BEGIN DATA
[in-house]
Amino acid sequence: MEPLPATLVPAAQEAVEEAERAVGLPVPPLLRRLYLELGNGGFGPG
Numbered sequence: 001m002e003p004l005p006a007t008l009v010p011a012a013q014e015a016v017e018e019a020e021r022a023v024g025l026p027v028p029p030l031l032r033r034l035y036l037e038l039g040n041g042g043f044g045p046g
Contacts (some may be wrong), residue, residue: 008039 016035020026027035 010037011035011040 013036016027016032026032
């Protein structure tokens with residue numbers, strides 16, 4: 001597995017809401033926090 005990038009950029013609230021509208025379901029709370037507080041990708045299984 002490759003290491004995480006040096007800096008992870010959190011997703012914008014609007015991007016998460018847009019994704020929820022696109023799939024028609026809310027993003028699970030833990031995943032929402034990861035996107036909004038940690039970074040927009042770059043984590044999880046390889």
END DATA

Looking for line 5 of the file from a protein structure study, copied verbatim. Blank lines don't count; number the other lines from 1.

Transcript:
């Protein structure tokens with residue numbers, strides 16, 4: 001597995017809401033926090 005990038009950029013609230021509208025379901029709370037507080041990708045299984 002490759003290491004995480006040096007800096008992870010959190011997703012914008014609007015991007016998460018847009019994704020929820022696109023799939024028609026809310027993003028699970030833990031995943032929402034990861035996107036909004038940690039970074040927009042770059043984590044999880046390889």